On Friday, Mamata Banerjee tried to borrow from Bengal's spirit of resistance towards the British imperial masters by placing her political fight against BJP within the context of the 'Quit India Movement', but in so doing, she also betrayed a sense of nervousness and insecurity about the two issues that are clearly uppermost in her mind — lack of Opposition unity and BJP's rise as the principal opposition force in the state.
From the stage of 21 July Martyr's Day, Trinamool Congress' most important annual event, the chief minister called for a more united Opposition and announced the start of a statewide 'Quit India, BJP' programme from 9 August, the same day it was launched by Mahatma Gandhi back in 1942. It is not just a lazy political idea to invoke chauvinistic impulses by pandering to Bengal's stereotypically volatile temperament and pseudo-cultural superiority, but it also speaks volumes about the castle of denial that the TMC supremo has erected for herself.
According to her, every trouble or talking point in the state — from communal clashes to unrest in Darjeeling to corruption charges against her government — is somebody else's fault. This reflexive blame-shifting may reinforce her popularity in certain political constituencies, but the chief minister will have to eventually answer for lapses under her watch.
Mamata seems to have also reached a conclusion that frequent outbreaks of communal violence in the state demand not an administrative but a political solution. This is understandable, given the fact that taking stern action against fundamentalists of all hues regardless of their party or religious affiliation requires political will that seems to be beyond her. It is much easier to blame BJP and RSS for the simmering communal tension than to admit to frequent administrative lapses. And it is way more convenient to blame Prime Minister Narendra Modi for trouble in her backyard when the state's coercive powers in enforcing law and order are outsourced to dubious vote catchers.
As Observer Research Foundation senior fellow Ashok Malik writes in The Asian Age, "A cadre of controversial Muslim politicians, nominally affiliated to the Trinamul (sic), has virtually hijacked community politics. Some of them have transnational Islamist affiliations… like Idris Ali (MP from Basirhat), Siddiqullah Chowdhury (a minister as well as state unit chief of the Jamiat Ulema-e-Hind) and Shaikh Nurul Islam (former MP from Basirhat and implicated in the Deganga riots of 2010). In certain parts of West Bengal, such as in North 24 Parganas, the Trinamul has ceded political authority to these vote managers. The state has lost its nerve."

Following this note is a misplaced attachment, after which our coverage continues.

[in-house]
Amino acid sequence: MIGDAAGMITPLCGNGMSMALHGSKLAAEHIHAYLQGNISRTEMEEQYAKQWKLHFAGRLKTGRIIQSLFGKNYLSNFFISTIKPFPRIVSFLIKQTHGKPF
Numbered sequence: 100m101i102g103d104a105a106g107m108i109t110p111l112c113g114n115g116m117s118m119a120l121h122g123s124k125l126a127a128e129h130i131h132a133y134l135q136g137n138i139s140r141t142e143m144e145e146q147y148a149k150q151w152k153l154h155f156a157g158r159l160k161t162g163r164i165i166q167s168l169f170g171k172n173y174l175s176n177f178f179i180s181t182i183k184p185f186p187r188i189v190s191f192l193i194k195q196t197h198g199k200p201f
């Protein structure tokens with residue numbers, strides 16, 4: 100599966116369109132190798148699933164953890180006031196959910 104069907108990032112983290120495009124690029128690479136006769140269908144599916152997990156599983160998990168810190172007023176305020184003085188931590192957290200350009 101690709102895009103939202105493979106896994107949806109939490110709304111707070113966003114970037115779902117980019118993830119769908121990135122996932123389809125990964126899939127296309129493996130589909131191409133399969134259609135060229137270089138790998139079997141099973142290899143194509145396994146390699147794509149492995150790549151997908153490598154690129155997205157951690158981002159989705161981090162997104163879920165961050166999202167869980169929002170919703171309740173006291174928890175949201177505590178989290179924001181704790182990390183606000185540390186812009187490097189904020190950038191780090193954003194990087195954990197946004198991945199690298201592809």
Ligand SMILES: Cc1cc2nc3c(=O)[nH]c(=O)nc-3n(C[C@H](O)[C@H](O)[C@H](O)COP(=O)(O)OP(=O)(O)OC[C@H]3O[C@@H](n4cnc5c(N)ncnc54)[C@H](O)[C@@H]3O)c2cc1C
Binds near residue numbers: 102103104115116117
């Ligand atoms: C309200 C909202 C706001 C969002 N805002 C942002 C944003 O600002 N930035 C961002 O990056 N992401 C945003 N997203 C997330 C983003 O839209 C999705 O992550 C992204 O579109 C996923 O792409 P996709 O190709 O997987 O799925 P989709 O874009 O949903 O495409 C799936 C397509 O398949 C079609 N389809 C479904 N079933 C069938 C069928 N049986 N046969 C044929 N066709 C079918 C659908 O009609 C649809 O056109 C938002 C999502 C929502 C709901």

Given this backdrop, asking the rather sizeable crowd at Kolkata's arterial junction on Friday not to indulge in rumor mongering or spreading fake news in social media is a well-meaning but ultimately futile attempt. Fake news is an unquestionable menace of our times, but to say "if our workers are watchful (in identifying offensive posts), there is no need to be scared of Delhi" is to obfuscate the problem and remain in fundamental denial of its scope, spread and genesis.
As strategy for political survival, this is a game of diminishing returns. The failure to address the core issue — rapid demographic changes in rural Bengal leading to an imbalance in social strata — may help in short-lived electoral benefits, but may terminally damage her national ambitions. This is because pseudo-secularism as a political tool has outlived its usefulness in national political discourse.
Addressing the crowd, the chief minister said, "In 2019, we shall rid the country of the BJP. We will not give it a single seat from Bengal. We'll fight them across the country. Barda (a sneering colloquial reference to the Prime Minister) will have to go. It's a challenge…"
The statements are loaded with symbolism but it will require more than mere rhetoric to thwart BJP's rising influence among the state's underclass amid a political landscape littered with demographic time bombs, not to speak of the challenges facing TMC's national outreach.
The BJP is in power in 21 states and in firm control of the Centre. According to party president Amit Shah's calculations, it needs to break fresh ground ahead of 2019 to insure NDA's return, given that a Congress-led grand alliance of Opposition parties is now almost a foregone conclusion. The modalities of the coalition could be different from what is being perceived now — for instance, BJP's favourite "frenemy" Shiv Sena might walk over to the Opposition camp while Nitish Kumar may return to the fold — but Shah is not a man to leave anything to chance.
As an expansionist BJP turns towards Kerala and West Bengal, it finds a spirited pocket of resistance in Mamata. As if sensing the distant drumbeats of an approaching hegemon, one who is also a master of the game of patience, Mamata needs to spread TMC's presence beyond the confines of the state but that is easier said than done. Almost her entire party base in Tripura, where she had major plans of expansion, has defected to the BJP. Six of her sacked legislators, led by Sudip Roy Barman, voted for Ram Nath Kovind, NDA's presidential candidate.
Mamata was insistent on Friday that CPM was to be blamed for the cross-voting from Bengal that took place in the ruling party's favour, while extending an olive branch to the Congress. It seems a manoeuvre aimed at strengthening an ailing Congress' hands but this move may also backfire if state Congress leaders, who remain defiant of the central leadership's line, defect en masse to BJP.
Between these intricate moves, one impression was evident. BJP now occupies the central slot in Mamata's strategic moves. It will gladden the heart of the saffron party's state unit.
Published Date: Jul 23, 2017 08:24 AM | Updated Date: Jul 23, 2017 08:24 AM